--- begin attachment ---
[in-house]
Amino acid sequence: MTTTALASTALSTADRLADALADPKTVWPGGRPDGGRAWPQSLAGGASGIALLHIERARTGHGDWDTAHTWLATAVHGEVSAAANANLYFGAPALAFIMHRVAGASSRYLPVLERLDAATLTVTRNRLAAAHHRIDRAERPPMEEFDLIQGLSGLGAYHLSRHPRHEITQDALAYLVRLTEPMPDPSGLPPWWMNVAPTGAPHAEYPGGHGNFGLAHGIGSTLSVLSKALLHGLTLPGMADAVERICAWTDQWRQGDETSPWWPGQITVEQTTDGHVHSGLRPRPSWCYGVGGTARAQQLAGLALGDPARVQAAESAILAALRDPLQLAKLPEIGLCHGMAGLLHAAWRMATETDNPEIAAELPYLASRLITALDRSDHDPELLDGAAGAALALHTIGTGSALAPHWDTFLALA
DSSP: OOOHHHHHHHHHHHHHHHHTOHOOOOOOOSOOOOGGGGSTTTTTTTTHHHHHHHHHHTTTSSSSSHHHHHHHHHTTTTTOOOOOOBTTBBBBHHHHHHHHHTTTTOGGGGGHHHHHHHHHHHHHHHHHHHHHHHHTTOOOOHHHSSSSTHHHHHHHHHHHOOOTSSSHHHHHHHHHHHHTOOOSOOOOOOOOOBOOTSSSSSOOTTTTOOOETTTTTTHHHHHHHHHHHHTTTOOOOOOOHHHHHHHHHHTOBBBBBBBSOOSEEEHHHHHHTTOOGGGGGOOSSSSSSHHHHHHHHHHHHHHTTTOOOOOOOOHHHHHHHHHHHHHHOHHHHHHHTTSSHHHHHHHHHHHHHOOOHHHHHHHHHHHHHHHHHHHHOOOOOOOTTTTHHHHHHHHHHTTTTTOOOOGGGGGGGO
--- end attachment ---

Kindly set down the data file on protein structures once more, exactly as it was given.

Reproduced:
[in-house]
Amino acid sequence: MTTTALASTALSTADRLADALADPKTVWPGGRPDGGRAWPQSLAGGASGIALLHIERARTGHGDWDTAHTWLATAVHGEVSAAANANLYFGAPALAFIMHRVAGASSRYLPVLERLDAATLTVTRNRLAAAHHRIDRAERPPMEEFDLIQGLSGLGAYHLSRHPRHEITQDALAYLVRLTEPMPDPSGLPPWWMNVAPTGAPHAEYPGGHGNFGLAHGIGSTLSVLSKALLHGLTLPGMADAVERICAWTDQWRQGDETSPWWPGQITVEQTTDGHVHSGLRPRPSWCYGVGGTARAQQLAGLALGDPARVQAAESAILAALRDPLQLAKLPEIGLCHGMAGLLHAAWRMATETDNPEIAAELPYLASRLITALDRSDHDPELLDGAAGAALALHTIGTGSALAPHWDTFLALA
DSSP: OOOHHHHHHHHHHHHHHHHTOHOOOOOOOSOOOOGGGGSTTTTTTTTHHHHHHHHHHTTTSSSSSHHHHHHHHHTTTTTOOOOOOBTTBBBBHHHHHHHHHTTTTOGGGGGHHHHHHHHHHHHHHHHHHHHHHHHTTOOOOHHHSSSSTHHHHHHHHHHHOOOTSSSHHHHHHHHHHHHTOOOSOOOOOOOOOBOOTSSSSSOOTTTTOOOETTTTTTHHHHHHHHHHHHTTTOOOOOOOHHHHHHHHHHTOBBBBBBBSOOSEEEHHHHHHTTOOGGGGGOOSSSSSSHHHHHHHHHHHHHHTTTOOOOOOOOHHHHHHHHHHHHHHOHHHHHHHTTSSHHHHHHHHHHHHHOOOHHHHHHHHHHHHHHHHHHHHOOOOOOOTTTTHHHHHHHHHHTTTTTOOOOGGGGGGGO